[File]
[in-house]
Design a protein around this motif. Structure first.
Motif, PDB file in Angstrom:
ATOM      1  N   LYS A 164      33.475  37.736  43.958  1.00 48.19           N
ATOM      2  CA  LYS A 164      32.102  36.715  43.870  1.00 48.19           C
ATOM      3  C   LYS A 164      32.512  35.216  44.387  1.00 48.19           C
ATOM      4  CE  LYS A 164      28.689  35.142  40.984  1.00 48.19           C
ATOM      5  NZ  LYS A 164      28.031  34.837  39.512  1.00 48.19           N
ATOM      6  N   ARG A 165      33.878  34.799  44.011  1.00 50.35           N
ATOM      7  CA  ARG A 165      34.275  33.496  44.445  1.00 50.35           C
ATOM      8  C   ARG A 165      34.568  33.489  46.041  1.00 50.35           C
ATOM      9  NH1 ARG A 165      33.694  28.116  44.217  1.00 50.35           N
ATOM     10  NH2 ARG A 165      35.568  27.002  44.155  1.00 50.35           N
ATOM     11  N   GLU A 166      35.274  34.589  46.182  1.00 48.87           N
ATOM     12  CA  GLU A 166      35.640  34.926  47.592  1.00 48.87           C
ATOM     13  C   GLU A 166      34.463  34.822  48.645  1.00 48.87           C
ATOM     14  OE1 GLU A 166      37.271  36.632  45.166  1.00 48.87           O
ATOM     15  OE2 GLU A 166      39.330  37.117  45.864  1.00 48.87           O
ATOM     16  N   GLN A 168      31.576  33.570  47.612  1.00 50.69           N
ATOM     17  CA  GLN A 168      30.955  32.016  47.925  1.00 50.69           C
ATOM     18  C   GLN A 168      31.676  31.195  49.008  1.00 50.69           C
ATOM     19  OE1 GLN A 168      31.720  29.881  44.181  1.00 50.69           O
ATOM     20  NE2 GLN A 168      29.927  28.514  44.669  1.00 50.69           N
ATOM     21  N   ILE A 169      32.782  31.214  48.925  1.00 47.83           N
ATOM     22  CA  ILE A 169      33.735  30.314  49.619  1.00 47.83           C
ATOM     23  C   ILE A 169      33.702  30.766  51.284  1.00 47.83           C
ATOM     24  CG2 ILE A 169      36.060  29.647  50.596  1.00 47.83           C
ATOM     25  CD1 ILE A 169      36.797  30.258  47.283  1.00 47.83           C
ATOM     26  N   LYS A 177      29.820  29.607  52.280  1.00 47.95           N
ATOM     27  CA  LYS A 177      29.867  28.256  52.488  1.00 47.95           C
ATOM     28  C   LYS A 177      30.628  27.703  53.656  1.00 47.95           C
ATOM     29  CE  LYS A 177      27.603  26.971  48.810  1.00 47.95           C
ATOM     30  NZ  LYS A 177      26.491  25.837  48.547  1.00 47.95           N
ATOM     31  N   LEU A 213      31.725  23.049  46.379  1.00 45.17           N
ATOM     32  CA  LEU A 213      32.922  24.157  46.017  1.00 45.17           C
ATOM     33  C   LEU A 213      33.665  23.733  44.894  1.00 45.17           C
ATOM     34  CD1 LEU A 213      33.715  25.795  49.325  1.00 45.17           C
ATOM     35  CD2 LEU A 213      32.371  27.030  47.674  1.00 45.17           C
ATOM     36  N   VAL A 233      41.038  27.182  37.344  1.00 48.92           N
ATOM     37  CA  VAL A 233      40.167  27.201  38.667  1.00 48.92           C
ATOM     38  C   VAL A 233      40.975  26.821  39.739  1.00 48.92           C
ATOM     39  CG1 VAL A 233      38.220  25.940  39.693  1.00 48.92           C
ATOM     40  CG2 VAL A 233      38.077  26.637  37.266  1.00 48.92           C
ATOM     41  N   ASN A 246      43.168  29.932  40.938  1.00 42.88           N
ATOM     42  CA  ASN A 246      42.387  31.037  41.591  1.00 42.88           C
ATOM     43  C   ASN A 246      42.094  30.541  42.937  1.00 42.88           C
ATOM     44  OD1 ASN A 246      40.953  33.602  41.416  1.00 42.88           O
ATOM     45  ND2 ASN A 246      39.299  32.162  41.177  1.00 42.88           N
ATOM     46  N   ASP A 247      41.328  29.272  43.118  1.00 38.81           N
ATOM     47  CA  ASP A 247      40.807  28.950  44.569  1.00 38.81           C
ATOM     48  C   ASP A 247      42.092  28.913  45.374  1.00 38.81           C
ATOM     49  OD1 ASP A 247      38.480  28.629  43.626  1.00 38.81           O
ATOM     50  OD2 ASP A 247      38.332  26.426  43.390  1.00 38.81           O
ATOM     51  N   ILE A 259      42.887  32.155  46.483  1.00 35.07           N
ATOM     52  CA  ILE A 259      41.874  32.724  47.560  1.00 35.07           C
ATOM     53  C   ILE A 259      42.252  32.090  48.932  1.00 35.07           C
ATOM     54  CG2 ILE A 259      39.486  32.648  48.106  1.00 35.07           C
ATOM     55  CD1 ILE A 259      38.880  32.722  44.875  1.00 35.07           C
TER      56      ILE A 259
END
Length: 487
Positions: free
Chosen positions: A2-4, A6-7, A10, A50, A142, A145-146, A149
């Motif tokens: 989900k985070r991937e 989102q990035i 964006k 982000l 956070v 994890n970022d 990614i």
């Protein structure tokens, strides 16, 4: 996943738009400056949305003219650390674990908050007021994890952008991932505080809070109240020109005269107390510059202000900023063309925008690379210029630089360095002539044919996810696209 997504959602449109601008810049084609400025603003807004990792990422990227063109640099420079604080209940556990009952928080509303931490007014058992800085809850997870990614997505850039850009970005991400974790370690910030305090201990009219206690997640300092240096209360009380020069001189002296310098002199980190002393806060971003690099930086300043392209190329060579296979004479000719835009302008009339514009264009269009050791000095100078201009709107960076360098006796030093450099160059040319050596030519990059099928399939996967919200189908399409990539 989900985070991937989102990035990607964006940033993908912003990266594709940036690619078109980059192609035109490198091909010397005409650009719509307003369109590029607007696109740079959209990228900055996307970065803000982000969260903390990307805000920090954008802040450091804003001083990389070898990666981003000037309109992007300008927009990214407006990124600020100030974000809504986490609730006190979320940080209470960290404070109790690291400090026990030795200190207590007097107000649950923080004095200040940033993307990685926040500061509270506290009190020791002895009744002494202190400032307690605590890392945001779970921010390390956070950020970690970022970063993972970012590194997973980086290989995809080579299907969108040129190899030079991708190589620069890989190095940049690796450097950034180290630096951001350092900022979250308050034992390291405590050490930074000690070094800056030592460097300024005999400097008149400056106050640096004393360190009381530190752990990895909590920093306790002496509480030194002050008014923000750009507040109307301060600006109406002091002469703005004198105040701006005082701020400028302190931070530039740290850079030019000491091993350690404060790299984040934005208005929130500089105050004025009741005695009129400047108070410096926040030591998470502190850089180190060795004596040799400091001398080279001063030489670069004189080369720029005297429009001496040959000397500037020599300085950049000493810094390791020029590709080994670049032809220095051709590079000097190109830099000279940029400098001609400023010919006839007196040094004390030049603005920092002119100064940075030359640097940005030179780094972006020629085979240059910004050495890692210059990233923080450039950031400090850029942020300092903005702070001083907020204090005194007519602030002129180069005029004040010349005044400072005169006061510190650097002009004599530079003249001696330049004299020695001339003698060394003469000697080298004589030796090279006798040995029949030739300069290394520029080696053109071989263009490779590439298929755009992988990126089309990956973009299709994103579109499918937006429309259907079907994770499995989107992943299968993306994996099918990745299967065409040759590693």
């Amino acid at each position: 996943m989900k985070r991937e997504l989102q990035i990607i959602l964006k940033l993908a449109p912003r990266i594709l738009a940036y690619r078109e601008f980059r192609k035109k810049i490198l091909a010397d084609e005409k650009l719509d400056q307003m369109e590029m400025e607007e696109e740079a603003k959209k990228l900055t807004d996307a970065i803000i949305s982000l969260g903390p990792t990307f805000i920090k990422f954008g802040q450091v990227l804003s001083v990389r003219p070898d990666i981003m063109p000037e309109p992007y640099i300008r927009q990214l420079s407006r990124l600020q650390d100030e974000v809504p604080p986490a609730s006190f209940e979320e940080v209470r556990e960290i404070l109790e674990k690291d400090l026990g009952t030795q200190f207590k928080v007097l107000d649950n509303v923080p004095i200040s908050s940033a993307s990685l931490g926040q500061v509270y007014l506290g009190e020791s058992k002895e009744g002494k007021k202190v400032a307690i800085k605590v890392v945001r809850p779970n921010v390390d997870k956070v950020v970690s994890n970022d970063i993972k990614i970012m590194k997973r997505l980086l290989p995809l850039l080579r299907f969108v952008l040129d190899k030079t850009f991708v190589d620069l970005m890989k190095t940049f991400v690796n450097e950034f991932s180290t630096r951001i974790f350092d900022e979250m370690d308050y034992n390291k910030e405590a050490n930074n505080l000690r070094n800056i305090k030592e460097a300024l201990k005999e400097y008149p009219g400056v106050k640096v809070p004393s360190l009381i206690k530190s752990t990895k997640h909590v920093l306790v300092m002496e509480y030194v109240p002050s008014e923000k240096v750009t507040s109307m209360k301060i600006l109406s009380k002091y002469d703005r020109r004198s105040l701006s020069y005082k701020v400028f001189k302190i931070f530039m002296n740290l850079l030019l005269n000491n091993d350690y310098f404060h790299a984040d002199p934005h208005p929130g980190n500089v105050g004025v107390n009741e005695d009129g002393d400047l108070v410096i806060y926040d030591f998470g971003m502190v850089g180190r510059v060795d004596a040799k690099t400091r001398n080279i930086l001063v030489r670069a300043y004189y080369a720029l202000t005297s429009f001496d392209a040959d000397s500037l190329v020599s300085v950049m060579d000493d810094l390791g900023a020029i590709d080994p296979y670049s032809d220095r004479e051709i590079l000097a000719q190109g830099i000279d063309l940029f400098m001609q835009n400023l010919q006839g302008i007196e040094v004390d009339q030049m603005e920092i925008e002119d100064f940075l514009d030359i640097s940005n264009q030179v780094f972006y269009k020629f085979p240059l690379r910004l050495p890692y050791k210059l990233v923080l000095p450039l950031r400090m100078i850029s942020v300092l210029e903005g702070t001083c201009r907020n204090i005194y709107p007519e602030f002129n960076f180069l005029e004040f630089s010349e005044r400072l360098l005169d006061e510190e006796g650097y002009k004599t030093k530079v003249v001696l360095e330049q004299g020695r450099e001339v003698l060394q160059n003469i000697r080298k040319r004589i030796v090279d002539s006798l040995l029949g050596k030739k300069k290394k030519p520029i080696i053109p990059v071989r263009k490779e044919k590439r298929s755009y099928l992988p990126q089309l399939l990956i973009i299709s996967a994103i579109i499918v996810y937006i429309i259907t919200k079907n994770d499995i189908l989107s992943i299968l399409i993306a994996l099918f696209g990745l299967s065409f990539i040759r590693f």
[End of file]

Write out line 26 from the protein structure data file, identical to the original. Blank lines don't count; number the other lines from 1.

ATOM     23  C   ILE A 169      33.702  30.766  51.284  1.00 47.83           C